my stronghold and my deliverer,
my shield and he in whom I take refuge. Psalm 144:2

The steadfast love of the LORD never ceases;
his mercies never come to an end. Lamentations 3:22

We have this as a sure and steadfast anchor of the soul, a hope that enters into the inner place behind the curtain, where Jesus has gone as a forerunner on our behalf, having become a high priest forever after the order of Melchizedek. Hebrews 6:19-20

In this time we need to encourage each other and pray for each other (and vote). I feel blessed to attend church each Sunday and a Bible study during the week. I hope that you are able to meet with a church and/or Bible study.

This post is shared with the Five Minute Friday Writing Community and Heart Encouragement .

Mercy in a Children’s Book

A terrible accident took place in the hills of Switzerland. A child sustained a debilitating injury and one boy, Lucien, had provoked the accident.  This is how the story begins in Patricia St. John’s book, Treasures of the Snow. This book for children was first published in 1948.

As I continued to read, I was startled by the clear themes of sin, anger, and bitterness—and the way sin makes barriers between people. The story was told with gentleness, but was bringing a clear message to children about the human heart.

The grandmother has nuggets of truth for Annette who struggles with bitterness.

Every day of your life, ugly, angry selfish thoughts will knock at the door and try to get in again. Don’t try to push them back yourself. Ask Jesus to help you by filling you with His love. Read about the love of Jesus every day in your Bible. If you keep your heart full of it, there won’t be room for those bad thoughts to stay. [p. 172]

As the story continues Annette and Lucien both realize their own sin. This is the beginning of mercy, compassion and healing. //

Patricia St. John’s story has lingered in my mind because of the deep truths embedded in the words.

In the book of Hebrews we find this guidance.

Since then we have a great high priest who has passed through the heavens, Jesus the Son of God, let us hold fast our confession. For we do not have a high priest who cannot sympathize with our weaknesses, but one who has been tempted in all things as we are, yet without sin.

Let us therefore draw near with confidence to the throne of grace, that we may receive mercy and may find grace to help in time of need. Hebrews 4:14 – 16

Linking this post with the Five Minute Friday writing community and Heart Encouragement.

Text edited: Correction made to scripture reference. The scripture text is from the book of Hebrews.

The Cherry Tree and Martin Luther: Life Lessons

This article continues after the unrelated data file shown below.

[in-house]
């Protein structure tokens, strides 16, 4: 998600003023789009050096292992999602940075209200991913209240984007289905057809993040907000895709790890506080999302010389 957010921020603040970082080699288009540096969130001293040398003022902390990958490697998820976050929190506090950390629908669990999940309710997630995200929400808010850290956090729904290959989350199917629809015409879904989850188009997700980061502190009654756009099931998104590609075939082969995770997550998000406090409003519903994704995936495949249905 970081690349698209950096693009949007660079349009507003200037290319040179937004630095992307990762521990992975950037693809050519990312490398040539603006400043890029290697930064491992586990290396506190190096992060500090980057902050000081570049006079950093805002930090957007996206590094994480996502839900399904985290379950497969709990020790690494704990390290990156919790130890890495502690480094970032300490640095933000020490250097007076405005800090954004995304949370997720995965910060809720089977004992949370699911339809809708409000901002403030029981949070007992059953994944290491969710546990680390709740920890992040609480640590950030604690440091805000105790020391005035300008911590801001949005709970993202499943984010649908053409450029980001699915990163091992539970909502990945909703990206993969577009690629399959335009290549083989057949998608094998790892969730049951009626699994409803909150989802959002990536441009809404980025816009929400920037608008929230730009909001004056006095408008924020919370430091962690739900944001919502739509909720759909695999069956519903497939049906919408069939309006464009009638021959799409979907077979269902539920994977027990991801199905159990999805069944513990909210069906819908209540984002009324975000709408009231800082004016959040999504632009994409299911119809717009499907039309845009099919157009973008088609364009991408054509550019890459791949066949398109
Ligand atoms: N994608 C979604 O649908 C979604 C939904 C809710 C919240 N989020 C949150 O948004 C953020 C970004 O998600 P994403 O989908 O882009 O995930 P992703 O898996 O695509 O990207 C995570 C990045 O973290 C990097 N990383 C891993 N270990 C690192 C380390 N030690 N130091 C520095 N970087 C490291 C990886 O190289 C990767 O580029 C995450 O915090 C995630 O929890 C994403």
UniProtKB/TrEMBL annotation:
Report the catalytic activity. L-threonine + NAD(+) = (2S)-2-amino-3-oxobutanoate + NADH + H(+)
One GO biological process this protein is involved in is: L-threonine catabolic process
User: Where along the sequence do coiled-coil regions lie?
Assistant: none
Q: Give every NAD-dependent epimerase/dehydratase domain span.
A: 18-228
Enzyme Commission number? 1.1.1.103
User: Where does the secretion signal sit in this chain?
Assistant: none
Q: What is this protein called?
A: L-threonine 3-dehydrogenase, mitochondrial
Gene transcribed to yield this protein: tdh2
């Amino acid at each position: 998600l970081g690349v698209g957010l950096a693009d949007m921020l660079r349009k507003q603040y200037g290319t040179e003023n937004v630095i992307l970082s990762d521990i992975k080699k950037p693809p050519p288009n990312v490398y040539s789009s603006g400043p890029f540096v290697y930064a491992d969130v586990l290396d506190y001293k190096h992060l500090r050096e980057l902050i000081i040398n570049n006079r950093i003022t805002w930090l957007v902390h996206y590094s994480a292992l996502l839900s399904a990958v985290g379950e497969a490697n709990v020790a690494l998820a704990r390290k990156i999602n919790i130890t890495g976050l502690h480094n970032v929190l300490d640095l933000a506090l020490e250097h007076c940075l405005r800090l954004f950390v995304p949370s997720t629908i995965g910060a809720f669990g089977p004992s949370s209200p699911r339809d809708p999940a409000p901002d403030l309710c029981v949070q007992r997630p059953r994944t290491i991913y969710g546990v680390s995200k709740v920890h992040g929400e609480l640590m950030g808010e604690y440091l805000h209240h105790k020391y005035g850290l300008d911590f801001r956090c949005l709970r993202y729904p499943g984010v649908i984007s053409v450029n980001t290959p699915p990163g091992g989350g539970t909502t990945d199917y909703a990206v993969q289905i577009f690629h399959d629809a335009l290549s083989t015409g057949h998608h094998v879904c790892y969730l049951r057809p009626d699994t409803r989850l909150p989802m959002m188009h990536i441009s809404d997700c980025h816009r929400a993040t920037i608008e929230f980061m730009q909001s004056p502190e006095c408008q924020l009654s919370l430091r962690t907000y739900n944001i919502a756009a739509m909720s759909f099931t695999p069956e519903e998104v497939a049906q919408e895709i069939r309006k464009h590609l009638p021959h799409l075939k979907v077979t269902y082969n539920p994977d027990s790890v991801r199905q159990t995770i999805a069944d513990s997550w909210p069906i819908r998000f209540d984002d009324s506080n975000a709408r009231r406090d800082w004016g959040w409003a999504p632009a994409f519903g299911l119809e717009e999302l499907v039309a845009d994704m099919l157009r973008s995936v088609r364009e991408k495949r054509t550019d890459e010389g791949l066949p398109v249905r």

My husband has offered to cut the cherry tree down. Several times.

I was thrilled when the tree offered a bountiful harvest of cherries, sweet with a little tartness.

Then came the year of brown rot and mold. We spent a week picking all the rotten fruit and cleaning up the mess. 

Another year a late snowfall came while the tree was in blossom. There were no cherries that year.

Over the past few years Japanese beetles have discovered the tree. They eat the leaves on the tree, weakening it. So I tried picking them off, dropping them in a bucket of soapy water, as some fell down my shirt. Last year I treated the tree with neem oil.

This year is a recovery year, but the robins honed in on the ripening fruit. I have to admire their zealous pursuit of the cherries. I hung a couple of garden shop owls in the tree and also shiny CDs.

The cherries were of such great worth to the robins that they played out a dramatic scene.  I can see the tree—it is just outside my kitchen window. 

The robins showed acrobatic moves, twisting their necks to reach a cheery hanging below a branch. They would fly in with a focus on a cherry, see an owl and flutter like a hummingbird. Then they would seize a cherry and speed away.

I picked a quart of cherries. The robins consumed the rest. I have been thinking about the focus and determination of the robins (and also my determined attempts to save the cherry tree lol). What are the things of great value, deserving my focus? //

During this time at home I have pulled some books off the shelf that had intimidated me by their length. Currently I am reading Martin Luther: The Man Who Rediscovered God and changed the World by Eric Metaxas. 

Martin Luther was totally focused on understanding the Bible, learning the true meaning. He pursued faith in God with his whole heart. Luther demonstrated in his life the most worthwhile goal—an example for us to follow. The greatest treasure in our lives is a relationship with God through Jesus.

This post is linked with the Five Minute Friday writing community. Today’s prompt is: WORTH